The Week In Reading, 2013. First Week Out the Gate Edition.

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Summary: Here begins my weekly (or possibly bi-/tri-/*shrugs*-weekly) recounting of the books I've been reading. We'll start with the last books of 2012 and the first of 2013, with Ramsey Campbell beginning the year.

BLOT: (09 Jan 2013 - 12:30:49 AM)

The Week In Reading, 2013. First Week Out the Gate Edition.

The first week of the year is dead, and I have dead trees (and a couple of dead electrons) under my belt to prove it. Since the threat of embarrassment is a great motivation to keep me reading, I figured I would chronicle what I've read (with some occasional tallies) in the past week (maybe past two weeks or so). And, this way, if you see something that is close to something and you think I should read said first cousin, well, just drop me a line.

First week out, we have a couple of fairly British ghost novels, a collection by the generally-considered premier English spouter of ghost tales, an early reread (by way of listening) Discworld book, and a Doctor Who graphic novel. It was very British.

Originally, I was going to include longer reviews, synopses, and other details, and decided to limit it down to a single paragraph review, a more-fun scoring system, some basic notes on the edition where appropriate, and some basic links to key websites to get your own information, including synopsis or further details.

Ramsey Campbell's The Influence

{Amazon | Goodreads | Open Library}

Once this calm, supernatural novel[-of-manners] reaches its pay-off moments, it works pretty well, but there is a bit to get through before then. Just a tad too muted in all the wrong ways: not quite paranoid enough, not quite desperate enough, not quite willing to go far enough, and not quite expressive enough. Still, as a novel of an imperfect family dealing with life's not quite black and white tragedies, it has some strength, and what creepy, panicked imagery does show up helps to make it memorable. Just needed to not be quite so definite towards the end or to be more definite towards the beginning [I'd vote for the former]. Gets a bit too stuck in the middle. Final Score: 5/8. +1 if you are parent who has some fear of your child becoming devoured by outside forces. -1 If you tend to nitpick grammar or if you need horror novels to come out the gate swinging.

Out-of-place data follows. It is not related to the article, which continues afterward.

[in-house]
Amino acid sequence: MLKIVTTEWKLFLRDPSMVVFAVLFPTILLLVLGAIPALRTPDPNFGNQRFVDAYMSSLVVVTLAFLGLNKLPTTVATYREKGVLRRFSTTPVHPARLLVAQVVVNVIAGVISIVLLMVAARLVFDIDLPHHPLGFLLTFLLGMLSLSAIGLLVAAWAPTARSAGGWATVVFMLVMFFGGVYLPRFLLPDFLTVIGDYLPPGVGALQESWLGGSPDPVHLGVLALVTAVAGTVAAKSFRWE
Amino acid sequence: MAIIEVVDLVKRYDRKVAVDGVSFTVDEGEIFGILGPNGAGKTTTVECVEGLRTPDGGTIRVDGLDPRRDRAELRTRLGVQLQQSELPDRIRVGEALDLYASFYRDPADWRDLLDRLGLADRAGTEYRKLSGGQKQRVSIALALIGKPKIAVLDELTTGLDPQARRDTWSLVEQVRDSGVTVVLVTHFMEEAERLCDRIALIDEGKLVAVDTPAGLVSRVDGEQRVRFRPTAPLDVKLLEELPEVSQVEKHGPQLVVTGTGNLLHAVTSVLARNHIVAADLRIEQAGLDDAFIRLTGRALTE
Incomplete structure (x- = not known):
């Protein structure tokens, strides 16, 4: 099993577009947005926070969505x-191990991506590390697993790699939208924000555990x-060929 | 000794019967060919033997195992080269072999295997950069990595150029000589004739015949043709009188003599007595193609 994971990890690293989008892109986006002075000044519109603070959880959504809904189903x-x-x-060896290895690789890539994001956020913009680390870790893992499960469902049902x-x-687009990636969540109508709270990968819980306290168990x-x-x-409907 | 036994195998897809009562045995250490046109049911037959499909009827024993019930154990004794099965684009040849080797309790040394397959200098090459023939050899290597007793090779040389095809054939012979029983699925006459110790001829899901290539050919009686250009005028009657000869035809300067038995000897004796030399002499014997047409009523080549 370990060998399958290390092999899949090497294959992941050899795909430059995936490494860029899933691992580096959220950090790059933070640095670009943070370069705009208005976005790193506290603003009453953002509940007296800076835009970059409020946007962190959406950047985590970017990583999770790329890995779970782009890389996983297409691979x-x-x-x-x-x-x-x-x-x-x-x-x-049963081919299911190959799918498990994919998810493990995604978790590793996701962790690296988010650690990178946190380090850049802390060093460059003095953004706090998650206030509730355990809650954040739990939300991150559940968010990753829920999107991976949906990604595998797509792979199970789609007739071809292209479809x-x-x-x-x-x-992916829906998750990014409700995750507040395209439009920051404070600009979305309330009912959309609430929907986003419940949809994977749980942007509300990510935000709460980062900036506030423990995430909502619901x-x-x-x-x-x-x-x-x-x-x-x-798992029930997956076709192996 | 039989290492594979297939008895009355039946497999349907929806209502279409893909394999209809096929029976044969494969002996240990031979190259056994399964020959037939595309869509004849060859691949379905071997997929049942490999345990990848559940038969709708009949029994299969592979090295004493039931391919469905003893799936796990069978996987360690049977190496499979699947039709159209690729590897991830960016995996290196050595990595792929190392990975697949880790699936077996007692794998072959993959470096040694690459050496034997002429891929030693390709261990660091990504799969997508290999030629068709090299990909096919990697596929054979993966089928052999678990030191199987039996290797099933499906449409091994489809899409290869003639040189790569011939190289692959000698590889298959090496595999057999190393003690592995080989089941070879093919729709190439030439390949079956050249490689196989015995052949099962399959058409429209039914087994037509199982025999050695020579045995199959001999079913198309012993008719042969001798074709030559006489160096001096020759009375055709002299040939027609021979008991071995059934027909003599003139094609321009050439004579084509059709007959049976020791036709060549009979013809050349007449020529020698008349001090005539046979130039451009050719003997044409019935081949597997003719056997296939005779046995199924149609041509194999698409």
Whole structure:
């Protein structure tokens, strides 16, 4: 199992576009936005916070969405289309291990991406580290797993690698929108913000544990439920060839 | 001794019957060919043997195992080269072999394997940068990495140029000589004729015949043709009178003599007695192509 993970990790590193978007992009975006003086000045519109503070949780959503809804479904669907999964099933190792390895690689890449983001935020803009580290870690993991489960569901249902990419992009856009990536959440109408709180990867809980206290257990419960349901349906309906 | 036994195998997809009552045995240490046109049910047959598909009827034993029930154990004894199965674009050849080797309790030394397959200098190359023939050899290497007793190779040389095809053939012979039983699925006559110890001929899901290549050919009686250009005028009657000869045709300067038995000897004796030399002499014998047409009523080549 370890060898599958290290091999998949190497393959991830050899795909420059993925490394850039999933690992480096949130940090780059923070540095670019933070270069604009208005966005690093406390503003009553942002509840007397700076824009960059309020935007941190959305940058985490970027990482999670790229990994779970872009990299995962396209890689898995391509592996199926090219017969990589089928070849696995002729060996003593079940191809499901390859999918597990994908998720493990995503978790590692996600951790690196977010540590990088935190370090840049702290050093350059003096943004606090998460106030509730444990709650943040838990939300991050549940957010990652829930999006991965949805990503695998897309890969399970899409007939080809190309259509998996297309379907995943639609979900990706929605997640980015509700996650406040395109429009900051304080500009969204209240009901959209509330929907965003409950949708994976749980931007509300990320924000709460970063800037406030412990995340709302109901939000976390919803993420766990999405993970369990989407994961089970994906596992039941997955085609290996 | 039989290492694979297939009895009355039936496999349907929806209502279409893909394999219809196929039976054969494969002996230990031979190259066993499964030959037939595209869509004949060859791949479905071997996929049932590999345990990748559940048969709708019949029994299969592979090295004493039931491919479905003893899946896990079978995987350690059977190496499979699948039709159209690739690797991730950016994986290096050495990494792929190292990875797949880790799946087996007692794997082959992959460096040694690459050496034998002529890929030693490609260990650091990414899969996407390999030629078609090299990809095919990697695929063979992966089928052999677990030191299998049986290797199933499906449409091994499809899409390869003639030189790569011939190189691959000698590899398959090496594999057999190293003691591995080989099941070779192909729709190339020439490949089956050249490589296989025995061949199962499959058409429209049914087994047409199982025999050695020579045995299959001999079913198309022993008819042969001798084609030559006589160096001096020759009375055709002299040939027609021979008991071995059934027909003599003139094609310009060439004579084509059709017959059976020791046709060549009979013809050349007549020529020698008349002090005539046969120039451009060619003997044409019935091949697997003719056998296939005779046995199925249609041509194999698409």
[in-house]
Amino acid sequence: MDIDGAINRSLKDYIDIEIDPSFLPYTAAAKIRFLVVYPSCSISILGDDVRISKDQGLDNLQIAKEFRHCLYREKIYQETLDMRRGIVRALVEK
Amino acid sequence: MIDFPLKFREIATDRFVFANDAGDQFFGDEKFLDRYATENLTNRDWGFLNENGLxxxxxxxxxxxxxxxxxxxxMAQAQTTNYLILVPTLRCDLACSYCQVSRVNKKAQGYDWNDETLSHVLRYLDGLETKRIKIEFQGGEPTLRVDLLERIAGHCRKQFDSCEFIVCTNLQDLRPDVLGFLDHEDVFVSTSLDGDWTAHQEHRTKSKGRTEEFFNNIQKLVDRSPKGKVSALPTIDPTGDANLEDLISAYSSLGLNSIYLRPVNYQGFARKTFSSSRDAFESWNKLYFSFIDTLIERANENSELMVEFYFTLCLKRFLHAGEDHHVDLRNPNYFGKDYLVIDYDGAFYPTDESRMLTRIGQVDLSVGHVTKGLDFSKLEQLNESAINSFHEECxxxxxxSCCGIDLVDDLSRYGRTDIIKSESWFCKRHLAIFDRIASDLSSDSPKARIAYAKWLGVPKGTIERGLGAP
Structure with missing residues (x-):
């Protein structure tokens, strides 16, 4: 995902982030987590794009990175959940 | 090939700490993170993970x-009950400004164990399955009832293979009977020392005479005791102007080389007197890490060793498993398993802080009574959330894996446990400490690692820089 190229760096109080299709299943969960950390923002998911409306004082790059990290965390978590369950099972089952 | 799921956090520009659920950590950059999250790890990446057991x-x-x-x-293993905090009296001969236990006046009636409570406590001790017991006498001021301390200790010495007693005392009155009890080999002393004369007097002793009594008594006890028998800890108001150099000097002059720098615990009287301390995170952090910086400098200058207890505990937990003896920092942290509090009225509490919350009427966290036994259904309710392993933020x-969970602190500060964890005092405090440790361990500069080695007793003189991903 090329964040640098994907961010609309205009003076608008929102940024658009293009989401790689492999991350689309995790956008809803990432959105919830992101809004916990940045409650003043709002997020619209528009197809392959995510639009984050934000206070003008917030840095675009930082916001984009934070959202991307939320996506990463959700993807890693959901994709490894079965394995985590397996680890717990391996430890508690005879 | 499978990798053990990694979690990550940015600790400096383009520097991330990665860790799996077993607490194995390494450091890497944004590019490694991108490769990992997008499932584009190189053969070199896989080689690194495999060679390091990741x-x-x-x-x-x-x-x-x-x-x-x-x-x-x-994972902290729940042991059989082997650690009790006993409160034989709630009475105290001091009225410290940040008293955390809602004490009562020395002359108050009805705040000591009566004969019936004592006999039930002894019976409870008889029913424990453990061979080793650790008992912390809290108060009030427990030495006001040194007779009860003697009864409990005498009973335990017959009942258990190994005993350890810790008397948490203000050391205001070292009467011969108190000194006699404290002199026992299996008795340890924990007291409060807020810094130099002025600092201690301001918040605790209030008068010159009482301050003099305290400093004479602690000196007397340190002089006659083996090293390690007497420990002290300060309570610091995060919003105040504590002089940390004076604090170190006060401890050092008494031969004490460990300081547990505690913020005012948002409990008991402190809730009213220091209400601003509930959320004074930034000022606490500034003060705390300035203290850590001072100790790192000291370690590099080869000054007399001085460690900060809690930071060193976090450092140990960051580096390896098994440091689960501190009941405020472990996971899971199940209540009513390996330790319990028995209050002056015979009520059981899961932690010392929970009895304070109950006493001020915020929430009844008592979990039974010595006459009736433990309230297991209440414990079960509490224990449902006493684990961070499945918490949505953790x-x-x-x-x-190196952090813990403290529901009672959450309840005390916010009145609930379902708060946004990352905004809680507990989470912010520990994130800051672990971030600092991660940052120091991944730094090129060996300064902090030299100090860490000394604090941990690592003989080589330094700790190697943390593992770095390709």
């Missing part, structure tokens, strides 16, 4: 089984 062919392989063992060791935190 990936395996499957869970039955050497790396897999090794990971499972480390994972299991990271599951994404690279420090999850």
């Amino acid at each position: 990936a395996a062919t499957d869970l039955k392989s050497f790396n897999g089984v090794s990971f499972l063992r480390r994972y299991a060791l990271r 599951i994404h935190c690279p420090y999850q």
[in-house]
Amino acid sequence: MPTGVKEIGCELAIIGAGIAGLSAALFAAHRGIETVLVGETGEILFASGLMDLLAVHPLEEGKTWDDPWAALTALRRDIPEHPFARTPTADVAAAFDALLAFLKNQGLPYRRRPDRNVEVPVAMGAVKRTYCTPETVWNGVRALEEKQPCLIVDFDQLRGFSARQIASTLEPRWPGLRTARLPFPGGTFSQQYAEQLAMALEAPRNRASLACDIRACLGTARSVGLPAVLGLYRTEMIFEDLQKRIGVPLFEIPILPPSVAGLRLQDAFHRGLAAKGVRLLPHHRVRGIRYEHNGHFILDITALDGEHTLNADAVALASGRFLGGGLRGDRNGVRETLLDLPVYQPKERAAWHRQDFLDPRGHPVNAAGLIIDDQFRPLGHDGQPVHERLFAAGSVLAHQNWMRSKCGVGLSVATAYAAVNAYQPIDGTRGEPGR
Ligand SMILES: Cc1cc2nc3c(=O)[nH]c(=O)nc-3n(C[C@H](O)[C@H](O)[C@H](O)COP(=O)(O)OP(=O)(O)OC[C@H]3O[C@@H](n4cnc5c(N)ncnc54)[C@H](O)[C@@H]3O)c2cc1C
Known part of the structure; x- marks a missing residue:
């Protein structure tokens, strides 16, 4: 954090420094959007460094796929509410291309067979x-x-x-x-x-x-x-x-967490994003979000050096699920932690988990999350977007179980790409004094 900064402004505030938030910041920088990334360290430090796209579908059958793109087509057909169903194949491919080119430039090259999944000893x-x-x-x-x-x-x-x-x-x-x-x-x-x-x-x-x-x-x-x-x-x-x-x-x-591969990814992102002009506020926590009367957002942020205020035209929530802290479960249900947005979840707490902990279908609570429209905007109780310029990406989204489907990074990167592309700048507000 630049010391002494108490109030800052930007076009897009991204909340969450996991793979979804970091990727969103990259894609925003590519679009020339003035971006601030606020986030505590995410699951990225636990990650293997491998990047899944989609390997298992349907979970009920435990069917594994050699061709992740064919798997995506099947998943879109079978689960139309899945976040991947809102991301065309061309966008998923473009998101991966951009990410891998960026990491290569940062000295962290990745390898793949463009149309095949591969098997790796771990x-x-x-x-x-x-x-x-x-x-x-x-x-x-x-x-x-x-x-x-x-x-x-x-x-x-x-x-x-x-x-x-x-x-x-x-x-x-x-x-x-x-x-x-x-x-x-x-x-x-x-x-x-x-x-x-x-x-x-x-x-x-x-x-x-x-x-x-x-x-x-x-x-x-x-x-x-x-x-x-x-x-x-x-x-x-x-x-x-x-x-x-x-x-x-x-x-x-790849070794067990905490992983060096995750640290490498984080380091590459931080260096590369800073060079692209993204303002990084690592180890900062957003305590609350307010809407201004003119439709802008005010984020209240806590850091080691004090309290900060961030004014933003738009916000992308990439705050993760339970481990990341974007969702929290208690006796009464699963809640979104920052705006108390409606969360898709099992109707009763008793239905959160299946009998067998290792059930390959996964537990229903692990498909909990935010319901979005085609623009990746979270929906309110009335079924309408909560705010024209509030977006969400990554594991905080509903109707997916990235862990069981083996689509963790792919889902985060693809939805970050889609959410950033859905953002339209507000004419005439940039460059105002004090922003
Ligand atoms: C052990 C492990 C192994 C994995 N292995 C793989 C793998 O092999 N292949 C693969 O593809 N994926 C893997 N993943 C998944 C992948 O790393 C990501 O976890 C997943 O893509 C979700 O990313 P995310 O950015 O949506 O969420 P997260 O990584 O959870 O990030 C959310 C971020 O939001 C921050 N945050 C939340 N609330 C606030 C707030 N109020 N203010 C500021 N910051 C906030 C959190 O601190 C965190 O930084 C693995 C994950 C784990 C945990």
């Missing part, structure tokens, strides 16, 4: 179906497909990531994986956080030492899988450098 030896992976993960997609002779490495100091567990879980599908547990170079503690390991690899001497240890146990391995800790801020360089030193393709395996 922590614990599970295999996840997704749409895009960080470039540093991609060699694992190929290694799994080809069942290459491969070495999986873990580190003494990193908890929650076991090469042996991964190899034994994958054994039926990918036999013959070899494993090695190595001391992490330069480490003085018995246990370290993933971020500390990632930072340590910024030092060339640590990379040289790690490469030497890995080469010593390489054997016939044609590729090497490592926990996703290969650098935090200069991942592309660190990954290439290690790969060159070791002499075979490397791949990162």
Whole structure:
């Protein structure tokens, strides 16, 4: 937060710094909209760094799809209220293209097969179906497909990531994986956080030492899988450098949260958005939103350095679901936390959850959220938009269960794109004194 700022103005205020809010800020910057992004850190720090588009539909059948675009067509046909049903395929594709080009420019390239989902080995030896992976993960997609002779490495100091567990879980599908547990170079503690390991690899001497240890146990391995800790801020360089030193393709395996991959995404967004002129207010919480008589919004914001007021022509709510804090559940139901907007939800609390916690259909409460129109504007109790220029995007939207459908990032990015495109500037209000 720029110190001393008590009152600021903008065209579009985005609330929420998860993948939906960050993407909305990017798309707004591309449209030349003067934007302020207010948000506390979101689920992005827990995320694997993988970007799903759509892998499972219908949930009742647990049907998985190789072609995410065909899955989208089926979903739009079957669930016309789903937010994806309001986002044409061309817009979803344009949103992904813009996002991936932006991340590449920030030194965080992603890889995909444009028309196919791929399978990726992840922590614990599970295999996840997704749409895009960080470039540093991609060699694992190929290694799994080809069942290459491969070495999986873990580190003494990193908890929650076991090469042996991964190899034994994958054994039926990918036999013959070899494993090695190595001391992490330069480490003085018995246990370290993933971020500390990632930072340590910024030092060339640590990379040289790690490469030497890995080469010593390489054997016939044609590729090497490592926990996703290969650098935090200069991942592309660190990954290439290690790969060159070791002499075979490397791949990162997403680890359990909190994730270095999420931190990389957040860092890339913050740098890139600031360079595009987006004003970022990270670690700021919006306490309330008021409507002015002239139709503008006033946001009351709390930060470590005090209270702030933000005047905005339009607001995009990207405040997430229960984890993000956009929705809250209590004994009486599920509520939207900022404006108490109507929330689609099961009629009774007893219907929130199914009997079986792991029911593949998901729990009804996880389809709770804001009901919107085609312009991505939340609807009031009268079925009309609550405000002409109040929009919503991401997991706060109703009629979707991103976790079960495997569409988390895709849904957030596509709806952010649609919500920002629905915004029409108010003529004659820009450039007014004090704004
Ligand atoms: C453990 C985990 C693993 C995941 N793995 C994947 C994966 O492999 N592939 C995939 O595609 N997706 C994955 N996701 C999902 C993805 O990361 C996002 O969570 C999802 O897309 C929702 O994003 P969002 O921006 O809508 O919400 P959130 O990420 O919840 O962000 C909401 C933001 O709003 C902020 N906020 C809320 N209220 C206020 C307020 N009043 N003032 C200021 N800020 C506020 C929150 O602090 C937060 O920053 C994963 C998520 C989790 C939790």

Edition Note: I read the Centipede Press edition with the J.K. Potter photographs. Would recommend taking a look at them if you get a chance.

Terry Pratchett's Equal Rites

{Amazon | Goodreads | Wikipedia}

One of the first Discworld novels I read, and an early favorite that I decided to go back and reread to see how it sits knowing later Discworld material. It is not quite so superb on later readings. This is not the Granny that you will come to love in later books, and this is not quite the Unseen University you will adore, nor is it quite the same magical world or the same magical wit. All in, it helped to set-up a lot of things that I ended up liking more, but the biggest shock was seeing the inchoate Granny Weatherwax. As much as I like Esk, I am ultimately glad that it was the "background" character that ended up being the big sensation from this. Final Score: 4/8. +1 if you are looking for fantasy with a bit of gender consciousness (but, you know, maybe not too much). -1 If you have only read the later Discworld novels and need things to feel precisely in canon with them.

Edition Note: I listened to the Unabridged audiobook narrated by Celia Imrie (via Audible). Her reading is perfect and I highly recommend her.

M.R. James's A Thin Ghost and Others

{Ebooks @ Adelaide | Wikipedia}